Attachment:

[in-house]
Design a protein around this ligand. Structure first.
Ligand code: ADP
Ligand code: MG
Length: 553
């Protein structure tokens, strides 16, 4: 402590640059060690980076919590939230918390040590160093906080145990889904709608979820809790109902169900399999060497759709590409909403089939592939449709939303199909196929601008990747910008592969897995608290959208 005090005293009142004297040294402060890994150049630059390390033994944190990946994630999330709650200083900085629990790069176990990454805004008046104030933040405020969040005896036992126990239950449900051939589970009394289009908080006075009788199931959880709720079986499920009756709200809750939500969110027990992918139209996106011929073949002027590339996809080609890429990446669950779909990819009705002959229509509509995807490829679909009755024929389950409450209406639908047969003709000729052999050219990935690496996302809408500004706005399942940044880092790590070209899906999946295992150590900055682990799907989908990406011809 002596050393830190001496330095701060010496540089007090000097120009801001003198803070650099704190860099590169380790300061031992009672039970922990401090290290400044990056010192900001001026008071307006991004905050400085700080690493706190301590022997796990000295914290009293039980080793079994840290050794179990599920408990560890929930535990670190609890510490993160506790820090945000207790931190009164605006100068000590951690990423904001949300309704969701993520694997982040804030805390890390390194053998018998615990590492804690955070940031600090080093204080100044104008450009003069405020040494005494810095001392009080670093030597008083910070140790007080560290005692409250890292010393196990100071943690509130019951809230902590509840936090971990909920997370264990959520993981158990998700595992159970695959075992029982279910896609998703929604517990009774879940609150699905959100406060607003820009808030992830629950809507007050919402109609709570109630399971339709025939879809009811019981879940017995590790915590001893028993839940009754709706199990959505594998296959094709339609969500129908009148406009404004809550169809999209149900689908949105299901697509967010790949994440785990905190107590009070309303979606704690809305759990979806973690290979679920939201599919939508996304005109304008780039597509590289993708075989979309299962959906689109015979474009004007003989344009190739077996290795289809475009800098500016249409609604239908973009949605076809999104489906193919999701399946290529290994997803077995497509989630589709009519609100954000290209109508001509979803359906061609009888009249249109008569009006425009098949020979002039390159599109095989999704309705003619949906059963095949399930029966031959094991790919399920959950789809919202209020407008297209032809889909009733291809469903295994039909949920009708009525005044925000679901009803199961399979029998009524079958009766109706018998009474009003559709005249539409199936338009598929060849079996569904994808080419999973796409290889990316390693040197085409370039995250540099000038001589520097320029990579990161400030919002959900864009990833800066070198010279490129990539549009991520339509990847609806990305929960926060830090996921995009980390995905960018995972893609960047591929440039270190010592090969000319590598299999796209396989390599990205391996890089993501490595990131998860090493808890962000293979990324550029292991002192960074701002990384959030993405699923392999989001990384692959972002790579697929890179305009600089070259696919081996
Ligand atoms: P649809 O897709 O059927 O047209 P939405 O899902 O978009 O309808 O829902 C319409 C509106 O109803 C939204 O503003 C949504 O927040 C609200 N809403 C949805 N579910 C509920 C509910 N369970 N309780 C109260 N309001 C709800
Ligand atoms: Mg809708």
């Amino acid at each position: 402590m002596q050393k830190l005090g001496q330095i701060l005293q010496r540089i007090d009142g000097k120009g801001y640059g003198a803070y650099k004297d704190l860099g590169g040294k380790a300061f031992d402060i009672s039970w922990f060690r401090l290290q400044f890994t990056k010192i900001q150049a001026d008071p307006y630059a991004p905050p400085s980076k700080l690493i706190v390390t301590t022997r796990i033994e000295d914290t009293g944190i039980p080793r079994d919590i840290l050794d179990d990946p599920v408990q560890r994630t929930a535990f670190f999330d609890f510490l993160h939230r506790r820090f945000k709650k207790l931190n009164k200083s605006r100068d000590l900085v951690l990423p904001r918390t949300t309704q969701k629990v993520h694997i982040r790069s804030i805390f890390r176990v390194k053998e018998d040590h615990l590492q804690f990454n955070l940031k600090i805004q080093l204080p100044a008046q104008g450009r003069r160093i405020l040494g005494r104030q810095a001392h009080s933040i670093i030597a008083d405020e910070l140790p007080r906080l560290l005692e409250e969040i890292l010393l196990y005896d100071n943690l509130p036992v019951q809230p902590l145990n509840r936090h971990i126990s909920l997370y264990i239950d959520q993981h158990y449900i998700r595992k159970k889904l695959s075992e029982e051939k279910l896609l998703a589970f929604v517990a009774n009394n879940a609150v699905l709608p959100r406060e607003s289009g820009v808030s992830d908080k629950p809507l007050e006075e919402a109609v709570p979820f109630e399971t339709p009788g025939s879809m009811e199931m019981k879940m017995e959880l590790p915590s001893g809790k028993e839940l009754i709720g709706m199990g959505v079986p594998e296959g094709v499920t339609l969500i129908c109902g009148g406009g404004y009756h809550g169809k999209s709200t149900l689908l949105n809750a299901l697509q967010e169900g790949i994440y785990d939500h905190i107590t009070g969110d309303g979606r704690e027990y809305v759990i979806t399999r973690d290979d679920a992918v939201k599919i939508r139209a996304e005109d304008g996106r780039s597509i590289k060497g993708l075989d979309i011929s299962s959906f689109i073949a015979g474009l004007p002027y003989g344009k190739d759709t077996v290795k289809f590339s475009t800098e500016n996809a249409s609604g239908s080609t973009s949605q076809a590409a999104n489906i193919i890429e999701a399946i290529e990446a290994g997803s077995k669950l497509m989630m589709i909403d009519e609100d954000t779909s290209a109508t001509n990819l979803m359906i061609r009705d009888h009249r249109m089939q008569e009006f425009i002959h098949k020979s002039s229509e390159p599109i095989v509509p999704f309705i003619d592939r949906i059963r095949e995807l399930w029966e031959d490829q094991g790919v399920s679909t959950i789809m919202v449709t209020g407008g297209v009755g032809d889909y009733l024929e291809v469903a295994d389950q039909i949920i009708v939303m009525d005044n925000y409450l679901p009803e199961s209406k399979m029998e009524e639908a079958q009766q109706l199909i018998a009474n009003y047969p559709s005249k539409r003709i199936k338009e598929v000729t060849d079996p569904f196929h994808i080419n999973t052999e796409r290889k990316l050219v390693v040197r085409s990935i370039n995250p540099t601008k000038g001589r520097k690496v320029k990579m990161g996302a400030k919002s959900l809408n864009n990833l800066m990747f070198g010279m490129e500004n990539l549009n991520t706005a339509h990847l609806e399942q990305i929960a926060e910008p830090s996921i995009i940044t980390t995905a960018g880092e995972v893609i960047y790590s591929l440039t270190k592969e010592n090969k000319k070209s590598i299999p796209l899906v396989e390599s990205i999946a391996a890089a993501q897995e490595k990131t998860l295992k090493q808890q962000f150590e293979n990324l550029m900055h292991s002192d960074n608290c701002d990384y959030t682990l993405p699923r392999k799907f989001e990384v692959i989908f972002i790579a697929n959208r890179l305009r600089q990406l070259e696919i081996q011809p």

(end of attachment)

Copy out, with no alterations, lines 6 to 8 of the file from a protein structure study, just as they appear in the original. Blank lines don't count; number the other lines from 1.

């Protein structure tokens, strides 16, 4: 402590640059060690980076919590939230918390040590160093906080145990889904709608979820809790109902169900399999060497759709590409909403089939592939449709939303199909196929601008990747910008592969897995608290959208 005090005293009142004297040294402060890994150049630059390390033994944190990946994630999330709650200083900085629990790069176990990454805004008046104030933040405020969040005896036992126990239950449900051939589970009394289009908080006075009788199931959880709720079986499920009756709200809750939500969110027990992918139209996106011929073949002027590339996809080609890429990446669950779909990819009705002959229509509509995807490829679909009755024929389950409450209406639908047969003709000729052999050219990935690496996302809408500004706005399942940044880092790590070209899906999946295992150590900055682990799907989908990406011809 002596050393830190001496330095701060010496540089007090000097120009801001003198803070650099704190860099590169380790300061031992009672039970922990401090290290400044990056010192900001001026008071307006991004905050400085700080690493706190301590022997796990000295914290009293039980080793079994840290050794179990599920408990560890929930535990670190609890510490993160506790820090945000207790931190009164605006100068000590951690990423904001949300309704969701993520694997982040804030805390890390390194053998018998615990590492804690955070940031600090080093204080100044104008450009003069405020040494005494810095001392009080670093030597008083910070140790007080560290005692409250890292010393196990100071943690509130019951809230902590509840936090971990909920997370264990959520993981158990998700595992159970695959075992029982279910896609998703929604517990009774879940609150699905959100406060607003820009808030992830629950809507007050919402109609709570109630399971339709025939879809009811019981879940017995590790915590001893028993839940009754709706199990959505594998296959094709339609969500129908009148406009404004809550169809999209149900689908949105299901697509967010790949994440785990905190107590009070309303979606704690809305759990979806973690290979679920939201599919939508996304005109304008780039597509590289993708075989979309299962959906689109015979474009004007003989344009190739077996290795289809475009800098500016249409609604239908973009949605076809999104489906193919999701399946290529290994997803077995497509989630589709009519609100954000290209109508001509979803359906061609009888009249249109008569009006425009098949020979002039390159599109095989999704309705003619949906059963095949399930029966031959094991790919399920959950789809919202209020407008297209032809889909009733291809469903295994039909949920009708009525005044925000679901009803199961399979029998009524079958009766109706018998009474009003559709005249539409199936338009598929060849079996569904994808080419999973796409290889990316390693040197085409370039995250540099000038001589520097320029990579990161400030919002959900864009990833800066070198010279490129990539549009991520339509990847609806990305929960926060830090996921995009980390995905960018995972893609960047591929440039270190010592090969000319590598299999796209396989390599990205391996890089993501490595990131998860090493808890962000293979990324550029292991002192960074701002990384959030993405699923392999989001990384692959972002790579697929890179305009600089070259696919081996
Ligand atoms: P649809 O897709 O059927 O047209 P939405 O899902 O978009 O309808 O829902 C319409 C509106 O109803 C939204 O503003 C949504 O927040 C609200 N809403 C949805 N579910 C509920 C509910 N369970 N309780 C109260 N309001 C709800
Ligand atoms: Mg809708």